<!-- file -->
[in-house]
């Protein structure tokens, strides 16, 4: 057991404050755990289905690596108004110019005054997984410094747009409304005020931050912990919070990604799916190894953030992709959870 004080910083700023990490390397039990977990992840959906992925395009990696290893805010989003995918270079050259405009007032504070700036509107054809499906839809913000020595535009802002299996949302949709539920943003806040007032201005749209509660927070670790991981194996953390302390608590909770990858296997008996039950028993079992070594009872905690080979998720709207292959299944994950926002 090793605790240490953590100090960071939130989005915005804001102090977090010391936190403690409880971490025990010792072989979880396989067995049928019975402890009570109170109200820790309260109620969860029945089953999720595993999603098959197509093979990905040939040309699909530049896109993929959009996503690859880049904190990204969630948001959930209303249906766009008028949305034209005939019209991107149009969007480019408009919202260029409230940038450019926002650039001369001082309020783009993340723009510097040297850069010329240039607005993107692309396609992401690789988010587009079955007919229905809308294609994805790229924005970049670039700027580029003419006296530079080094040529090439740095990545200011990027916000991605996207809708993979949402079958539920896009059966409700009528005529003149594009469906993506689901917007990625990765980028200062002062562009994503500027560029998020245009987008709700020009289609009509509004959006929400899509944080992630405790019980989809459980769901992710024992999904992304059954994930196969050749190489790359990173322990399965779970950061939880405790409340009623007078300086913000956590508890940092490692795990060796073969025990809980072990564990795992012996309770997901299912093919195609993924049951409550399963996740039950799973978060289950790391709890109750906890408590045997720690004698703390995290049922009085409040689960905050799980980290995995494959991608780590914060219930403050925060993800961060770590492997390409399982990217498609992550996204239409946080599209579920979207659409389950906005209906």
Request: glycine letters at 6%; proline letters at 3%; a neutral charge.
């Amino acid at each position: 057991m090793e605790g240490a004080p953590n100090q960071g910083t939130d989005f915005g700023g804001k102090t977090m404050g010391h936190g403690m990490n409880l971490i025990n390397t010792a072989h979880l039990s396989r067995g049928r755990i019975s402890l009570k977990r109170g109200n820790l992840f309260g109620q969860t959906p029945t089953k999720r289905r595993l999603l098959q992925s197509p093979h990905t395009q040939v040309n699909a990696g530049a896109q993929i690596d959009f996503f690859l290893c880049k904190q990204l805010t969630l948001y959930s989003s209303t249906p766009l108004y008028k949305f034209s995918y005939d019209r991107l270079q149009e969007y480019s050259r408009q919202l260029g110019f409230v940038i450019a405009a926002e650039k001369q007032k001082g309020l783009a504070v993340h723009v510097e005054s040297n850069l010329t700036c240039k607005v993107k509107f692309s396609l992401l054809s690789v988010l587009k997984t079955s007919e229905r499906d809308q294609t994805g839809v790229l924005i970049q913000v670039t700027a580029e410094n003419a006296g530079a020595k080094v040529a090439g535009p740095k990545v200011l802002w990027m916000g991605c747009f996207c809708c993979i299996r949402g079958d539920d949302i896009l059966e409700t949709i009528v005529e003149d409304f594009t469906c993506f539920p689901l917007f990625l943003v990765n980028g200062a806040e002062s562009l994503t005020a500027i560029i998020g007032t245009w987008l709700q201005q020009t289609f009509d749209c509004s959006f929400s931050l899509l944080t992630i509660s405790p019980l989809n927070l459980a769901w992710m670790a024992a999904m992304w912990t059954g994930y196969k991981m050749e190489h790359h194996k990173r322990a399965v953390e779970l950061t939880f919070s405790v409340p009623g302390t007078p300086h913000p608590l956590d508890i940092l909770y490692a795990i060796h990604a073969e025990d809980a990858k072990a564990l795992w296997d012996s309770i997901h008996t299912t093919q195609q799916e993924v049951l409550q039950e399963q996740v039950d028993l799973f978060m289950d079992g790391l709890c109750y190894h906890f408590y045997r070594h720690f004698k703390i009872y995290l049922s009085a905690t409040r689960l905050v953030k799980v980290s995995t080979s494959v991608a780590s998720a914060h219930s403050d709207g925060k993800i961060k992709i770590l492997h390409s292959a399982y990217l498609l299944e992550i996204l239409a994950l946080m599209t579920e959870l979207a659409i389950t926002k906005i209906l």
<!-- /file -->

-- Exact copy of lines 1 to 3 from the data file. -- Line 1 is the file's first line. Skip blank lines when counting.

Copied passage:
[in-house]
């Protein structure tokens, strides 16, 4: 057991404050755990289905690596108004110019005054997984410094747009409304005020931050912990919070990604799916190894953030992709959870 004080910083700023990490390397039990977990992840959906992925395009990696290893805010989003995918270079050259405009007032504070700036509107054809499906839809913000020595535009802002299996949302949709539920943003806040007032201005749209509660927070670790991981194996953390302390608590909770990858296997008996039950028993079992070594009872905690080979998720709207292959299944994950926002 090793605790240490953590100090960071939130989005915005804001102090977090010391936190403690409880971490025990010792072989979880396989067995049928019975402890009570109170109200820790309260109620969860029945089953999720595993999603098959197509093979990905040939040309699909530049896109993929959009996503690859880049904190990204969630948001959930209303249906766009008028949305034209005939019209991107149009969007480019408009919202260029409230940038450019926002650039001369001082309020783009993340723009510097040297850069010329240039607005993107692309396609992401690789988010587009079955007919229905809308294609994805790229924005970049670039700027580029003419006296530079080094040529090439740095990545200011990027916000991605996207809708993979949402079958539920896009059966409700009528005529003149594009469906993506689901917007990625990765980028200062002062562009994503500027560029998020245009987008709700020009289609009509509004959006929400899509944080992630405790019980989809459980769901992710024992999904992304059954994930196969050749190489790359990173322990399965779970950061939880405790409340009623007078300086913000956590508890940092490692795990060796073969025990809980072990564990795992012996309770997901299912093919195609993924049951409550399963996740039950799973978060289950790391709890109750906890408590045997720690004698703390995290049922009085409040689960905050799980980290995995494959991608780590914060219930403050925060993800961060770590492997390409399982990217498609992550996204239409946080599209579920979207659409389950906005209906």
Request: glycine letters at 6%; proline letters at 3%; a neutral charge.